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    The Recipe for Resilience

    With figures showing the world is facing a tsunami of depression and tragically high rates of suicide here in New Zealand, there is good reason to be concerned about mental health and wellbeing. Particularly for people working in high stress, fast paced, pressure cooker environments like the restaurant industry.

    The good news is science has uncovered a kind of ‘vaccine’ for depression. Not only can this ‘mental toughness vaccine’ help prevent depression, but it can also enhance our lives by increasing productivity, creativity, motivation and physical health.

    The core ingredient of ‘mental toughness’ is having an optimistic mindset. Fortunately, this type of mindset is a learned skill – not just being lucky when the genes get handed out at birth. When we think of optimism, we tend to think of happy people who look on the bright side of life, ‘glass half full’ types. While there is some truth in that, what we’re talking about is deeper, more specific than simply seeing the world as full of all things good.

    The recipe for an optimistic mindset is based on the ground breaking work of Dr Martin Seligman, one of the most influential psychologists of the 21st century. His work has led to hundreds of scientific studies exploring the benefits of learning to use an optimistic mindset.

    Mindset Matters Most

    Seligman examined the thinking styles of people who are able to bounce back from adversity, and who can easily get on a roll after brief success. It’s about keeping our internal ‘self-talk’ on the right track, and using more helpful thoughts to drive how we feel and act, rather than letting momentary emotions take charge.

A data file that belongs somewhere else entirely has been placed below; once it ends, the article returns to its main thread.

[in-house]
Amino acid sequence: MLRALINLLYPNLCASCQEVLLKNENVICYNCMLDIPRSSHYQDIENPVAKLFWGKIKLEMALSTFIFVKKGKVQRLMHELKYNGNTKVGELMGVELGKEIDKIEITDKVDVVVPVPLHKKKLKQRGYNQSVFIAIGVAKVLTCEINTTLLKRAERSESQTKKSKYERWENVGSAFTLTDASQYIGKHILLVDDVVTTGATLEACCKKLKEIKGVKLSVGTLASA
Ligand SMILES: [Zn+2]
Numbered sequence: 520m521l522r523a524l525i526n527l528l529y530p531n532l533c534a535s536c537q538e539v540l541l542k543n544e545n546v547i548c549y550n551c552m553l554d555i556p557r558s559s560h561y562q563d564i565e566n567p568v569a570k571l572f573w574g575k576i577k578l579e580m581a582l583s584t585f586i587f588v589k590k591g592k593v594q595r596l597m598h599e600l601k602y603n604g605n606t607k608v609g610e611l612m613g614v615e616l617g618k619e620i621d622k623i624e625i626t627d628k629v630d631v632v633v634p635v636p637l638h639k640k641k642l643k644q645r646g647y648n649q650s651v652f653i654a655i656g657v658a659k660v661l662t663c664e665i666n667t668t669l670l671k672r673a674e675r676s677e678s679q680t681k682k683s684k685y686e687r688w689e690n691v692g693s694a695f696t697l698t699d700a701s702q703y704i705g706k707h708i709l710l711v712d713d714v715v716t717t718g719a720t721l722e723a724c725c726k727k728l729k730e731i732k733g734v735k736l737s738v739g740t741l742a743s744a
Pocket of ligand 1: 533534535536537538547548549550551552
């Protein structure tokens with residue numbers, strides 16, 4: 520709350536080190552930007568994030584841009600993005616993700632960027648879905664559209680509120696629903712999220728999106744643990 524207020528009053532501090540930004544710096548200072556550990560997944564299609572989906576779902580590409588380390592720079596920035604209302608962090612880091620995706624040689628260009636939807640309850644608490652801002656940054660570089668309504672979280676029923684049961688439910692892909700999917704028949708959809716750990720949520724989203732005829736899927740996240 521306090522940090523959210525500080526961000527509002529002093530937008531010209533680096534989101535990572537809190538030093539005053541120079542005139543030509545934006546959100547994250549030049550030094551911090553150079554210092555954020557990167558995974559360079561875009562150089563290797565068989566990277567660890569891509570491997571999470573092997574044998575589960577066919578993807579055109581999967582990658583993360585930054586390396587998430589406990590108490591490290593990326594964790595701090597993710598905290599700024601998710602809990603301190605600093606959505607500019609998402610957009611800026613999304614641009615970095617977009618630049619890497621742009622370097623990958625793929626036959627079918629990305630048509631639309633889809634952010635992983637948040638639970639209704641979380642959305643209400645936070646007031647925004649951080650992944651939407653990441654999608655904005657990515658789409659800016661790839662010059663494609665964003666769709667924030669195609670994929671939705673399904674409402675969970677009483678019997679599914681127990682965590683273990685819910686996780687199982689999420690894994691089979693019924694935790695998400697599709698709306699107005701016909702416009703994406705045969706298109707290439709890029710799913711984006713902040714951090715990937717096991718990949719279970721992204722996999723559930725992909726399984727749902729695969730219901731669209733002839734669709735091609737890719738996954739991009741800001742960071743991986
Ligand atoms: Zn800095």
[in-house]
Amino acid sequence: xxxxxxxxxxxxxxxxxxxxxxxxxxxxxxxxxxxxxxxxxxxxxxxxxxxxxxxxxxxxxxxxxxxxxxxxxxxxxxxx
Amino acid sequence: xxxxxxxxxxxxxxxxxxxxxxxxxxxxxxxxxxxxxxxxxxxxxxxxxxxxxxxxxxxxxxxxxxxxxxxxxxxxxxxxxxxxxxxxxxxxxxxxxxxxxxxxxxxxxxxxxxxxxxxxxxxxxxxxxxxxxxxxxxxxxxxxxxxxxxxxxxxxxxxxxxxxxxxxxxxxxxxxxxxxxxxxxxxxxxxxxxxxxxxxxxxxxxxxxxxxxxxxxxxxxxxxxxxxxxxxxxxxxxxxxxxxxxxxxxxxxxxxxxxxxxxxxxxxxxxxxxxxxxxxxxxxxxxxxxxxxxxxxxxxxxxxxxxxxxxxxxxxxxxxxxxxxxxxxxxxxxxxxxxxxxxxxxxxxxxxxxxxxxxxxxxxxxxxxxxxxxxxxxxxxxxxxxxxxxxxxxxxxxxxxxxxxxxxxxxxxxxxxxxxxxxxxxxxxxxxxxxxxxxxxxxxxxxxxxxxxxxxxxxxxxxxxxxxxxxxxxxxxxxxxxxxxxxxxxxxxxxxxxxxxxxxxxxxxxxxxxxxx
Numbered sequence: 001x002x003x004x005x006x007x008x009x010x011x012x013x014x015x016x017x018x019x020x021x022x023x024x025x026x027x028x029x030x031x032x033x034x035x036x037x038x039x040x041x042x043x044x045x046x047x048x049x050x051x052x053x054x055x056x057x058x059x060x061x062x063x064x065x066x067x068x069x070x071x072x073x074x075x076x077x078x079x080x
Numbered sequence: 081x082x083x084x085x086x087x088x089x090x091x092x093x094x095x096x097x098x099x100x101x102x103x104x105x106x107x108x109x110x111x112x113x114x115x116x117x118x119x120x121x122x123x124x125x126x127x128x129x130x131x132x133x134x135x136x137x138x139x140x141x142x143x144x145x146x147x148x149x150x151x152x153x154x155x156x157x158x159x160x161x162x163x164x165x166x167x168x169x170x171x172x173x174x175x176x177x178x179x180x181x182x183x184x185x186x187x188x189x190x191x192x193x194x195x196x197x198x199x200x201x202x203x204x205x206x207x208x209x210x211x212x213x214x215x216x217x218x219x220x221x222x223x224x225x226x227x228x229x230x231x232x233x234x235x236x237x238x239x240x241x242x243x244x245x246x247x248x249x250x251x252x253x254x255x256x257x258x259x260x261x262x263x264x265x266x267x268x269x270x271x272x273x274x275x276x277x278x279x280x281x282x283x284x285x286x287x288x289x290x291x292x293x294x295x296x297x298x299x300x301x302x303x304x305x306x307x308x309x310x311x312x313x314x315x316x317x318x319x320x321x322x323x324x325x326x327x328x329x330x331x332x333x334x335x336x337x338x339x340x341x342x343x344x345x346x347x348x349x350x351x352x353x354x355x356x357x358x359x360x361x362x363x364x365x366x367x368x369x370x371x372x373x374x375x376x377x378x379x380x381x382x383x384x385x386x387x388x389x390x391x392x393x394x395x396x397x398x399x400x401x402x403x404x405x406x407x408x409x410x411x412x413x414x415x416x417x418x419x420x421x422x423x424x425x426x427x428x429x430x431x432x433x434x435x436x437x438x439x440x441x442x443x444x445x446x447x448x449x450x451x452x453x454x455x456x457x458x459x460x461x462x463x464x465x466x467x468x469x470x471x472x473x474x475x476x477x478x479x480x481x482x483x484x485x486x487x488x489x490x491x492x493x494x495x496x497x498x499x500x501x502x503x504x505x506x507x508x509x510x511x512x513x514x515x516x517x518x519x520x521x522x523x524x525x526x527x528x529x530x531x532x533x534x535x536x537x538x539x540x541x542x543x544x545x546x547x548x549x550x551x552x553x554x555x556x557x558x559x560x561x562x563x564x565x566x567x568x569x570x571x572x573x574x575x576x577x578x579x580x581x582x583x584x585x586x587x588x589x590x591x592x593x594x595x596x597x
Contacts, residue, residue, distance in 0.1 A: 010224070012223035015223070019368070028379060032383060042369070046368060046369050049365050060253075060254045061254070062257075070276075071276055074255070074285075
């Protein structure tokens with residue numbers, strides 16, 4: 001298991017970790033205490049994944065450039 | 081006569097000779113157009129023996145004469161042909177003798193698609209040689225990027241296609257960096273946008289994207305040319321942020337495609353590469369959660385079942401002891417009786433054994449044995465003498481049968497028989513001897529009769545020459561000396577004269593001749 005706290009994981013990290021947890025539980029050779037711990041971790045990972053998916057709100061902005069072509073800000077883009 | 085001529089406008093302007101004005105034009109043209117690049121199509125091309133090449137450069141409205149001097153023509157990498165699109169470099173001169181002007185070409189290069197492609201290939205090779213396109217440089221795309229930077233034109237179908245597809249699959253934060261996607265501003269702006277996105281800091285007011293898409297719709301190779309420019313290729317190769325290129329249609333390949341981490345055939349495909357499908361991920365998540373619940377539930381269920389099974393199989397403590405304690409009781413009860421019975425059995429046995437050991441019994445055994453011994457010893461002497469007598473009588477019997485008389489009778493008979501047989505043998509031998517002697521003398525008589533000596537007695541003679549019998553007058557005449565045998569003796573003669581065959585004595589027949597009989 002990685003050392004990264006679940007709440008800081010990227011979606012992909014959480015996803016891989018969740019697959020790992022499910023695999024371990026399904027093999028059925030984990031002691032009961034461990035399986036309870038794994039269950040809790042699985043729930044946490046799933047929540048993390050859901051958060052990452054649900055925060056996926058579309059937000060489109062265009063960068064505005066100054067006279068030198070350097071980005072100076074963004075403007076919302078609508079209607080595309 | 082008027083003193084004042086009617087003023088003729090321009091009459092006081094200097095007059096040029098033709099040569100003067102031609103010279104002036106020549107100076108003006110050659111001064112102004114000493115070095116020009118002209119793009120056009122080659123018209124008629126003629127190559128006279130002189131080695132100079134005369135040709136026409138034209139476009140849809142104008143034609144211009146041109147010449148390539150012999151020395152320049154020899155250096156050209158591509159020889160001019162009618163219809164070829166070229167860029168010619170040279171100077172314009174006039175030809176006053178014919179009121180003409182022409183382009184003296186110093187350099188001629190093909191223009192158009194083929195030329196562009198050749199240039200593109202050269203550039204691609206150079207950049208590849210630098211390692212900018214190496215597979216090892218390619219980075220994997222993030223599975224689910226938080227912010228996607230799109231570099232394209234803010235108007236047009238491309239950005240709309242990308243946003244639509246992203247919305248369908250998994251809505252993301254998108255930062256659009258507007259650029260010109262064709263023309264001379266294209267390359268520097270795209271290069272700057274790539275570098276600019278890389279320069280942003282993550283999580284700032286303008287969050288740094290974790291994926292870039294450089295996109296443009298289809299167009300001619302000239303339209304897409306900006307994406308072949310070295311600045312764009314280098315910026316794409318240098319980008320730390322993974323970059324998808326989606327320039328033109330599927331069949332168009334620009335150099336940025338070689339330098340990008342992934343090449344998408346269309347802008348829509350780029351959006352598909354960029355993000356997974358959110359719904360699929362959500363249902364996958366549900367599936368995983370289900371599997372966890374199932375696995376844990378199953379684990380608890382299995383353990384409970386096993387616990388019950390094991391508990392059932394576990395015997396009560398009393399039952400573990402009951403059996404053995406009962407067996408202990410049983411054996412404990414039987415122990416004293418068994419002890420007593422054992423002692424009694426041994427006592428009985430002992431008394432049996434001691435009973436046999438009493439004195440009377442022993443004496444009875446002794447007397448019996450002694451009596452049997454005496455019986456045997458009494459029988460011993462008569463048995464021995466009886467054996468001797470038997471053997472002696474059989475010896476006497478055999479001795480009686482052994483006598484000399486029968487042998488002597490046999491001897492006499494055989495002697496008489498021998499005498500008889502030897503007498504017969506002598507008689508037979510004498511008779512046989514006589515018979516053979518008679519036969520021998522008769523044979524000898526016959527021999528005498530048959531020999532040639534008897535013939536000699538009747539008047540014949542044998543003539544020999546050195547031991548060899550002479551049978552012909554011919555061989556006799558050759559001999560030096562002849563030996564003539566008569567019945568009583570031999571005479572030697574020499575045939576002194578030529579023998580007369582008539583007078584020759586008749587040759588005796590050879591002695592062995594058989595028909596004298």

When faced with a setback, unfortunately it’s human nature to catastrophise the event in our mind. It can often be one of three default settings we use to explain the cause of adversity (a fire in the kitchen, a rude diner, a mistake with an order). There is permanent (“customers are always ungrateful”), global, affecting all aspects of our life (“everything is so stressful”), and personal (“I’m hopeless at all this stuff”).

    When something good happens, often we’re too quick to think of it as a temporary success, one specific only to this particular situation and mainly due to external forces, rather than our own skill or talent. (For instance “what a huge tip, I’ll probably never get another one like that again.”

    The proven style of optimistic thinking is about seeing our setbacks as temporary or fleeting. That they are specific to that one event or situation and mainly due to circumstances or factors outside our control (“Tough day, last night’s big night out has made a few people cranky”.)

    Just as importantly, when things go well, we need to capitalise on that success, big or small, by thinking of it as permanent – “I always…” – and applicable to other areas of life. We need to find aspects of that success that are due to ‘me’ – my efforts, skills or talent.

    Data from thousands of New Zealanders who’ve had their thinking styles tested show that we are quite a pessimistic bunch when it comes to how we see the causes of our successes. We love to be humble and knock those tall poppies down, but we actually need to high-five ourselves more.

    So there’s work to be done, but it can be learnt, and the pay-off can be huge. We hope to be sharing more with you on this in the future, but in the meantime:

    1. When the proverbial hits the fan think PIP – “put it into perspective’. Treat it like a speed bump on the highway of life, not a landslide that has destroyed the whole transport network.
    2. Don’t sweat the small stuff.
    3. Put your energy into what you can control and let the other stuff slide away.
    4. Think of bad events in terms of being temporary, specific and the ‘result of many factors’ alongside your part in it.
    5. Think of the good stuff that happens in terms of permanent / always, everything / universal and ‘me’.

    It’s your mindset that matters most.

    First published in “Savour” – the  magazine of the Restaurant Association of New Zealand

    BY KIM TAY & JAMIE FORD DIRECTORS, RESILIENT MINDS